Quit Requiring Foreign Language Courses

If that was my view I’d have to find another place to sleep tonight. That’s the recommendation of a Washington State legislator. And not just any legislator, a progressive Democrat. The short version:

A representative in Olympia says prospective college students should have the option to skip Spanish or Chinese and take two years of computer science instead.

Rep. Chris Reykdal, a Democrat from Tumwater, says while he appreciates and respects the time students put into studying foreign languages, the money the state spends could be put to better use.

“My God, we are spending 100 million [dollars] of taxpayer money every year in our high school system to teach world languages where more than half our folks a few years later will never use it again,” Reykdal said.

More here. Imagine how short the school day would be if our criteria for what to teach was whether students use the course content a few years later. How would algebra hold up under a cost-benefit analysis? The arts? Social studies? It’s a sign of an educational apocalypse when a progressive Democrat is thinking so narrowly.

Foreign language teachers better take this as a clarion call for explaining to the legislature and the public the many reasons, both obvious and more subtle, why their courses are especially meaningful.

Heaven help us.

Most Educational Technology Does Nothing to Improve Teaching and Learning

Two friends of mine develop apps for children with autism spectrum issues. Their work is just one of many examples of how educational technology is an unmitigated positive for students with special needs.

You would never know it given the tendency of the Information Technology Zealots (ITZs) to exaggerate the impact of their toys, but ed tech is not an unmitigated positive for elementary, secondary, and university students more generally.

In fact, 80-90% of educational technology does nothing to improve the quality of K-12 and higher education teaching and learning. The problem is, the ITZs nonstop, unfounded assertions about the benefits of ed tech has rendered our critical thinking abilities completely ineffectual. The Ed Tech Emperor often has no clothes on, but odds are you’re skeptical of that because ed tech groupthink is at epidemic proportions.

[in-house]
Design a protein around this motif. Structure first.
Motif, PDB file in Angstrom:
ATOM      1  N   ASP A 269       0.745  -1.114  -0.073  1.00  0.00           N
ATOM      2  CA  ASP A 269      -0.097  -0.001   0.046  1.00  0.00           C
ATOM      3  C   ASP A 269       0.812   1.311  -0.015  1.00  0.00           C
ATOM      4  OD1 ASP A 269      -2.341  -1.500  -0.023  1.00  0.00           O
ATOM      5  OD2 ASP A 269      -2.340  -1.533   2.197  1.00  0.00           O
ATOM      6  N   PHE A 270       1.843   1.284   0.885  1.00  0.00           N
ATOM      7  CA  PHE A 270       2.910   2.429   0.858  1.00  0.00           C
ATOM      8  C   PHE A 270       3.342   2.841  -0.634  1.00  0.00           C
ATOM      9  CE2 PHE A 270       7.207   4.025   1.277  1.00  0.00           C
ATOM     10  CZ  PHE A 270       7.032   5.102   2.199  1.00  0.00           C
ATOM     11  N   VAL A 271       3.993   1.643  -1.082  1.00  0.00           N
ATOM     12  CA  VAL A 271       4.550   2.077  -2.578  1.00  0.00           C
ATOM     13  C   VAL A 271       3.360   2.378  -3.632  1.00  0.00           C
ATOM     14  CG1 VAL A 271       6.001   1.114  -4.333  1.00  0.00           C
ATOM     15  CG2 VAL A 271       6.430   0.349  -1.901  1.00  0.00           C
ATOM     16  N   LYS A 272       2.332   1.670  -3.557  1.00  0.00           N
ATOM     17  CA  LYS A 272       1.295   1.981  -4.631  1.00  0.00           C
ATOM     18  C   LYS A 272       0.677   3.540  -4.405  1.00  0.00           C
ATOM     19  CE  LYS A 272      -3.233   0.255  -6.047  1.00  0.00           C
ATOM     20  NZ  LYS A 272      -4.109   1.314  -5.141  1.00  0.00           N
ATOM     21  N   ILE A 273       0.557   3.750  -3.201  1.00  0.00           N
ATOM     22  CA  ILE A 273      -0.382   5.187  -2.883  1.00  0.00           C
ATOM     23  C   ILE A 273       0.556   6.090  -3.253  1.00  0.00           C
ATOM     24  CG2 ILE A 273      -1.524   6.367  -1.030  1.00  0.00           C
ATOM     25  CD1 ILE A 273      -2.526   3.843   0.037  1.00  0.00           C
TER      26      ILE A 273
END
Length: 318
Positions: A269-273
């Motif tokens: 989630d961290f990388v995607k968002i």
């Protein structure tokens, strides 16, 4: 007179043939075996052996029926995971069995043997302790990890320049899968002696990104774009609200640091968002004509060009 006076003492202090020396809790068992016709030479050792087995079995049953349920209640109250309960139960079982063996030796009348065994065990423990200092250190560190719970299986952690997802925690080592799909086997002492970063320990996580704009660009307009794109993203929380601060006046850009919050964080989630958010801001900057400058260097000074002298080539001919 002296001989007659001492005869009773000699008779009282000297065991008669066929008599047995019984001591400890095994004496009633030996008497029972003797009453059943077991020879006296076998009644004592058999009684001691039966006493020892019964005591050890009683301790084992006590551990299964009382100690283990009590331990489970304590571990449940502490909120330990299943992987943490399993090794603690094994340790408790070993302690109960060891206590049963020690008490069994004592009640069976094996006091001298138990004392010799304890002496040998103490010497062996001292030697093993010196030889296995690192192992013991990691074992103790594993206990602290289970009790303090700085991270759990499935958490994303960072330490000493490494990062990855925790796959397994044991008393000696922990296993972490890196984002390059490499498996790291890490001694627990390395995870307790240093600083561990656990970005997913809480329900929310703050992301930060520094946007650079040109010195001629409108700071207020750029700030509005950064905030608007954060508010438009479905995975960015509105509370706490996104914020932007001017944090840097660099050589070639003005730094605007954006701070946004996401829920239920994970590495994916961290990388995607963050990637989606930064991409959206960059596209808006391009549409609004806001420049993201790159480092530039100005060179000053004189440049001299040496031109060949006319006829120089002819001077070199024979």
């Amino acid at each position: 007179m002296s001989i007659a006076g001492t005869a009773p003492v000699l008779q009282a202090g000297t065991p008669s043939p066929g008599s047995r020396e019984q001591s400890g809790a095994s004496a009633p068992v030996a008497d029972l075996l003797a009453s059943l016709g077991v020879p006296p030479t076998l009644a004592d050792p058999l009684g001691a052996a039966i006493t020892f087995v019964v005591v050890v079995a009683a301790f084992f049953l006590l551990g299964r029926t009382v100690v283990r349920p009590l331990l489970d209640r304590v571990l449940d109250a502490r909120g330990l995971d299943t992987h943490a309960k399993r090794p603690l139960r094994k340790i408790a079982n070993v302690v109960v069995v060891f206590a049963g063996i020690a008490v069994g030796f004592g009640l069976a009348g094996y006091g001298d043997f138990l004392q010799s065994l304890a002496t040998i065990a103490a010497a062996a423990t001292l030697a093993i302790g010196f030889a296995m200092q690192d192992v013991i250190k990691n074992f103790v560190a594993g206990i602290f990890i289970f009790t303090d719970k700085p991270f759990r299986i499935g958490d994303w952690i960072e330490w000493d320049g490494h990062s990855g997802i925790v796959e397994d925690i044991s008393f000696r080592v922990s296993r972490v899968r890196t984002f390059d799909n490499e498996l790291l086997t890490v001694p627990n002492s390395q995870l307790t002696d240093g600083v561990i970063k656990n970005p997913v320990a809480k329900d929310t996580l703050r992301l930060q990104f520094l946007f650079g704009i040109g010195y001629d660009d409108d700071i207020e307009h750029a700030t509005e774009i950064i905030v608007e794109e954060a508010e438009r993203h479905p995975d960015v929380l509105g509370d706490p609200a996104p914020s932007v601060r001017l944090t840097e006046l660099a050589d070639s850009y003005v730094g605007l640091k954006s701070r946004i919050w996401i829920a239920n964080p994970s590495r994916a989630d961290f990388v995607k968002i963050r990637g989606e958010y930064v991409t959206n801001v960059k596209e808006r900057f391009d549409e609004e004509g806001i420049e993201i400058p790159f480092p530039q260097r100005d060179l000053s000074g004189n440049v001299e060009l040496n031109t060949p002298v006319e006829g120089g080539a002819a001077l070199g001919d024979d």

The problem is there’s no consensus about how to evaluate whether educational technologies improve teaching and learning; as a result, our default is a vacuous falsehood. More is better.

My starting point is Decker Walker’s assertion that “The educative effect is greater when students do something than when something is done to them.” What is it, ideally, that students should do? Students should read and think about challenging topics and abstract concepts, ask open-ended questions, look at and listen to one another, respect classmates who think differently than them, learn to be empathetic, and write and speak clearly and persuasively. That’s my liberal arts oriented litmus test for whether educational technologies are additive or not.

What happens if we apply my test to a case study that my esteemed university recently added to its website? I’m calling it Professor Technology.

Here are the highlights, or lowlights, depending on your perspective:

Intro. Professor Technology is a self-proclaimed computer geek. Employment in the financial sector and government opened his eyes to the importance of technology in the workplace. His first experience with technology-based education occurred when the IRS asked him to develop national training courses to be delivered both live and virtually. He realized the challenges involved in developing engaging content and obtaining learning feedback. This opened the door to his exploration of many types of learning tools, including online polling.